When Sorry Seems To Be The Hardest Word

“In this life, when you deny someone an apology,
you will remember it at a time [when] you beg forgiveness.”

— Toba Beta, My Ancestor Was an Ancient Astronaut

There are times in our lives when we all do one of two things; we either act in a way which means we hurt someone and need to make amends, or someone acts in a way which hurts us and they in turn need to make amends.

Unfortunately, due to the fact that we really are a pack of ratfinks, apologies - or rather sincere apologies - tend to be rather thin on the ground. And for every time we do manage to mutter the words 'sorry about that', there tends to be a follow up of 'but it wasn't my fault'. 

I am not making myself out to be Saint Kate of the Immaculate Mea Culpa here. I am just as guilty as everyone else at finding reasons why my actions weren't really anything to do with my own nastiness or thoughtlessness - or sometimes sheer laziness of the brain. Much as I would like to think I am a perfect princess, I am well aware this is far from the truth, and sometimes the urge to say 'but it was because X did this, not because I didn't do this' grips the space between my brain and my flappy tongue and next thing you know the sorry becomes a slag off.

We also seem to be very bad - maybe it's an Aussie trait - at accepting apologies. I have noticed when I am genuinely sorry about something (and I will say this - I don't apologise to propitiate people, or to stop an argument, only if I am genuinely ashamed of my actions) - often those I am saying the big 'S.O.R.R.Y.' to will either shrug it off or even go 'whatever' and keep whinging about the same topic ad nauseam.  

This isn't gracious and it isn't fair. If you are still upset, say 'well, I am still upset, and it may take me a long time to work through this.'  Don't ignore the apology as if it hasn't happened. It takes a lot for someone (and I speak for everyone here, not for myself) to put their heart in their mouth and say 'I really regret my words/actions - please at least think about forgiving me.'

Saying sorry doesn't guarantee you forgiveness, and nor should it. Your actions stand. But bear this in mind; next time someone does something that really gives you a bit of a kick in the heart - and it will happen, because that's life - remember an occasion when you may have done the same to someone else because you forgot about engaging your brain cells.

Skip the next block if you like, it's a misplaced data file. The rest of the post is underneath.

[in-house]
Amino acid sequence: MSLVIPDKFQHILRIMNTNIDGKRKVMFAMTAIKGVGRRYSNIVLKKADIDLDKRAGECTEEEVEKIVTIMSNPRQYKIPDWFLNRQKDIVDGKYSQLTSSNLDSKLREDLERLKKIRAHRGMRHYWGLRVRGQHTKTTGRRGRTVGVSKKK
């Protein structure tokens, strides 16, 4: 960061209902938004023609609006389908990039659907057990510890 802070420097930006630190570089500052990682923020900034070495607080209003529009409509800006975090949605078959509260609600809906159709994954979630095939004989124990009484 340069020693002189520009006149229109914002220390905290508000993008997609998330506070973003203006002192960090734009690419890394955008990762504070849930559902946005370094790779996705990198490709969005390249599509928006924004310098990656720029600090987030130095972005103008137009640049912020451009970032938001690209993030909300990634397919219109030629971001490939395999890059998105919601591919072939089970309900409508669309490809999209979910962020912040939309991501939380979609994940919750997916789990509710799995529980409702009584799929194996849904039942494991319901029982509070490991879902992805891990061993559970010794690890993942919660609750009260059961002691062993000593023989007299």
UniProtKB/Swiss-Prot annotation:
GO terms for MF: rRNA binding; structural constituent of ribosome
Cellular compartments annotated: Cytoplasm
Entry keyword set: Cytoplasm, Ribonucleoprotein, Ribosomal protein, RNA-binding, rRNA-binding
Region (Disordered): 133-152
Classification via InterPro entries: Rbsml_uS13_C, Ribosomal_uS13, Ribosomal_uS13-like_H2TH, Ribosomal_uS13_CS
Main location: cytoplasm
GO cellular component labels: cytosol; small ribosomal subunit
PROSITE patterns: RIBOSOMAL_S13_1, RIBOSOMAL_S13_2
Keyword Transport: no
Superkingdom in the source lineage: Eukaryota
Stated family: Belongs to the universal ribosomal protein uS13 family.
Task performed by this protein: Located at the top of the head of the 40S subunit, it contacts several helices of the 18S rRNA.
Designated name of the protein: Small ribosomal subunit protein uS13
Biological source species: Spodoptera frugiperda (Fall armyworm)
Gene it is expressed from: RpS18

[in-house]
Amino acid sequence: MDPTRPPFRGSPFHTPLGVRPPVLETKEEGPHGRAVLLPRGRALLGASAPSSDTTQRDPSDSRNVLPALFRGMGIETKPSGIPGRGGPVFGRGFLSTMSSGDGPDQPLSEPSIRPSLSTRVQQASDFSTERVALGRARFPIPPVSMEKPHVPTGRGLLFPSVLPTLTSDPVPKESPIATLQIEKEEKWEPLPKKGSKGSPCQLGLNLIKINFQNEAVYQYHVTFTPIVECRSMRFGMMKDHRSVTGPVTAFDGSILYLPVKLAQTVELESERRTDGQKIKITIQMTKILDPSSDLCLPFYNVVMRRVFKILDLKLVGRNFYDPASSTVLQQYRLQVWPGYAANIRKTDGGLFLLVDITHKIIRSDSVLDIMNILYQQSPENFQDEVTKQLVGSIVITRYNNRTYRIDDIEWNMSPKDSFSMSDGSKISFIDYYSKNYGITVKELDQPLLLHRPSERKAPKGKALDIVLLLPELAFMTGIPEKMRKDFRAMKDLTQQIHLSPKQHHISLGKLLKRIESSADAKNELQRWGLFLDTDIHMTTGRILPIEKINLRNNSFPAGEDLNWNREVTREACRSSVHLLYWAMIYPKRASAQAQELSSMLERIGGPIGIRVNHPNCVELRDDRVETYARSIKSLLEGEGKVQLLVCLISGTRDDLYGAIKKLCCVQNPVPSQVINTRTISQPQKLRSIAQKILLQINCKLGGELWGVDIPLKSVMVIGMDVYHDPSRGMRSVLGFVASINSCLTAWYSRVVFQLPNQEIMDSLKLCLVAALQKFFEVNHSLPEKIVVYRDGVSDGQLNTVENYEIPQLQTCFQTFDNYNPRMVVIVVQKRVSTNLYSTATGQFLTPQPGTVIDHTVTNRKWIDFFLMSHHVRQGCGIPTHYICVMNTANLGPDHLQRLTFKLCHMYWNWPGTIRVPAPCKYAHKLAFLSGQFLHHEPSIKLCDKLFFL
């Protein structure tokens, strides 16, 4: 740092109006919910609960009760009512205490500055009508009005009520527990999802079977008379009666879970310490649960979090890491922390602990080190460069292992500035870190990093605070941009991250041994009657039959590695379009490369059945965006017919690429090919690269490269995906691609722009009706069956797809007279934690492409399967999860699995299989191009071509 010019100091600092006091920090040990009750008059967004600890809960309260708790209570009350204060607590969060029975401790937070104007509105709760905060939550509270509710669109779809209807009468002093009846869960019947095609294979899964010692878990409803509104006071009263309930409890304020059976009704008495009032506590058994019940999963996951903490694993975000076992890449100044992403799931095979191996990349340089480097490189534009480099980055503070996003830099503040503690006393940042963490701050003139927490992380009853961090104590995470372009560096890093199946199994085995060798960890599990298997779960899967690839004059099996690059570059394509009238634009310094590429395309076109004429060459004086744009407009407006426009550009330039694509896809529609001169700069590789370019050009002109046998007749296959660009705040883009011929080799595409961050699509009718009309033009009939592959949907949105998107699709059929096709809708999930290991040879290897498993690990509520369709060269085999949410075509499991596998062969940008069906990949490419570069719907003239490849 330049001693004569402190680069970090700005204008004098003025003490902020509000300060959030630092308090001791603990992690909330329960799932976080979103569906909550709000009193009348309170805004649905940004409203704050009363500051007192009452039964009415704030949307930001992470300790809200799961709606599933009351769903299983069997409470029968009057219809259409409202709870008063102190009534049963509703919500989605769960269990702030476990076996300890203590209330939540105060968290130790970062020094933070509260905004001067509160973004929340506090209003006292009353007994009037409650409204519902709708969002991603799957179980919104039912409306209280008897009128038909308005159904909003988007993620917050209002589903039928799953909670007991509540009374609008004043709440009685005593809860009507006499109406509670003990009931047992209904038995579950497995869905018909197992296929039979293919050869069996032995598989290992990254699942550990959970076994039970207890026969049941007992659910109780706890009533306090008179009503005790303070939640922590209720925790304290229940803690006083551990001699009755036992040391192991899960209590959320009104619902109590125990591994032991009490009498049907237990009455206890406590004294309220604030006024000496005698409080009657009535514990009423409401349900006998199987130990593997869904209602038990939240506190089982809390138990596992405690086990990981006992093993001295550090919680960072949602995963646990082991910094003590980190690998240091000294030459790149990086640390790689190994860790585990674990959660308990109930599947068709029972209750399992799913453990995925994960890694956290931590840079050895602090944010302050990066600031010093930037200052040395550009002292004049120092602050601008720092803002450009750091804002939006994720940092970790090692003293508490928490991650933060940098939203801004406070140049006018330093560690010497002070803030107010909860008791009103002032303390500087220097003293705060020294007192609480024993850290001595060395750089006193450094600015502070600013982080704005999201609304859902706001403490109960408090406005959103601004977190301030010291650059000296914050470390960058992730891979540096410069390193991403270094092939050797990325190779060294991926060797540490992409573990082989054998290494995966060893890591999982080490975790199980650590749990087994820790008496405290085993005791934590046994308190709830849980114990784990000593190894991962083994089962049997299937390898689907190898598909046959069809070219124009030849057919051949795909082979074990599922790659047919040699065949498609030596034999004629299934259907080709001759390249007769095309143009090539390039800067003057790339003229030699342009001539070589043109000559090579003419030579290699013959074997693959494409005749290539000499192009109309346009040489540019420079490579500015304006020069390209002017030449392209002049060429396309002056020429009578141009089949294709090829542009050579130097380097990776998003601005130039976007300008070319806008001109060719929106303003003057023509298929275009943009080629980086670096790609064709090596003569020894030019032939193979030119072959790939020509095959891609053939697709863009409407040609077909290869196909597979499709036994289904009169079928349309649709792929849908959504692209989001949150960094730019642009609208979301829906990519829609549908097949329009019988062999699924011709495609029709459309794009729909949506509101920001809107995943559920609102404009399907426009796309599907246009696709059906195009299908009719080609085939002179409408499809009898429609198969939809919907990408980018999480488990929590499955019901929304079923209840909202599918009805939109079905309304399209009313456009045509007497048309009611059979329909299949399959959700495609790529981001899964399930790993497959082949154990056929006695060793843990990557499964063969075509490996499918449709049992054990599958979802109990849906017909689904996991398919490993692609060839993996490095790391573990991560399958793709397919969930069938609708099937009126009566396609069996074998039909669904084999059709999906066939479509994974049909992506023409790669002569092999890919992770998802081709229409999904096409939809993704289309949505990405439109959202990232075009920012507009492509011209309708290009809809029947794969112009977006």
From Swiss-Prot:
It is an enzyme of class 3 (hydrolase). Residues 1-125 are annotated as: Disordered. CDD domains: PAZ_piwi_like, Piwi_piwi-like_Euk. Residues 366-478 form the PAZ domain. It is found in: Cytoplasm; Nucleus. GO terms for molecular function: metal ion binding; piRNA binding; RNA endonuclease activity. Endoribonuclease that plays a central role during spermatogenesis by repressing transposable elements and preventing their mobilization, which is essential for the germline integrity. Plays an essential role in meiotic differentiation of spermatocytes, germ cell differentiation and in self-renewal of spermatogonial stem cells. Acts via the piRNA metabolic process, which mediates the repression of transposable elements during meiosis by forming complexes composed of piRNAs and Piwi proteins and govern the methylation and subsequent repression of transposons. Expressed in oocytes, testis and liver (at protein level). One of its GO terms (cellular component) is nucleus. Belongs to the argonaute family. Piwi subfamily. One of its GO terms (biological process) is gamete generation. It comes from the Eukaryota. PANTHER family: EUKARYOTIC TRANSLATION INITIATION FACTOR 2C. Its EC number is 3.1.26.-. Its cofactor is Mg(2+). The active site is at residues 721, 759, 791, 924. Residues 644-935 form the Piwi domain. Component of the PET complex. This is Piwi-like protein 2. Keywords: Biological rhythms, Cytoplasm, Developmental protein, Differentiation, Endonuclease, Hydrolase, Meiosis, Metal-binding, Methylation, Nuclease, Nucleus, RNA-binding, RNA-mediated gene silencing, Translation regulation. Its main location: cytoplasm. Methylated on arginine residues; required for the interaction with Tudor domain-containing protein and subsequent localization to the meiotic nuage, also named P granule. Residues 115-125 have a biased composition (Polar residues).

Think about their response to you, bad or good. 

And this time around... make sorry an easier word for both of you.  

It may even lead to a bit of internal peace just that little bit sooner. 

She Don't Like That Kind Of Behaviour

“There’s no map to human behaviour”

— Bjork

I am by no means a perfect person. I am so full of flaws it isn't funny. I am attempting, however slowly, to fix the ones that are fixable; but I am willing to accept that there is no such thing as perfection in humans (except for Alexander SkarsGod, but he is semi-divine so is therefore exempt from the rules of men).

And yet.

We give people the benefit of the doubt. Particularly those we love and care for and about - it's natural instinct. If they do something that disappoints us, we usually try to forget and forgive - or at least forgive - and move on. If we didn't do that, then we would be both highly hypocritical and probably extremely lonely, because everyone is allowed to stuff up. Give some latitude, receive some latitude - it usually all comes out somewhere down the line on the plus side of the ledger rather than the minus.

But sometimes there is a point where it's actually unhealthy to just keep saying 'It's OK. I know you didn't mean to do that - and you have apologised, so let's just move on'. Because either the action was intended, and therefore the apology is simply dust in the mouth; or by accepting said sorries over and over for various actions, one ends up enabling behaviours that should never have happened in the first place. 

Or sometimes... sometimes there isn't even an apology.

This may sound like a very serious and un-shoe like post, and yes it absolutely is. But when you realise that through allowing too much benefit of the doubt you are actively hurting yourself emotionally, then something has to give. And I think that it's important to admit that and not bottle it up. Because for me, that's when I start getting mean and that ain't pretty. Think Linda Hamilton in Terminator Two (but with better shoes) and you probably get the picture.

The Ice Queen Cometh.

Almost without exception, when I write a personal post like this, I get phone calls or messages from those close to me saying 'are you OK?' - and normally I say 'yes, you're reading too much into it - I'm just expressing what everyone thinks, but doesn't necessarily put into words'. But this time; well, this time it is about me. And it's not OK. I am angry, and fed up, and tired. I try to live by the maxim of 'give more than you take' - but sometimes people run with it a bit too far, and take without giving anything back.

Like James Reyne, who for once was intelligible when he was singing, I don't like that kind of behaviour.

So don't be so reckless.

Because it will not make me throw down my guns.

It will make me pick up my pen - which is, as we all know, mightier than any sword.

Or semi-automatic.

And you will well and truly learn where I stand.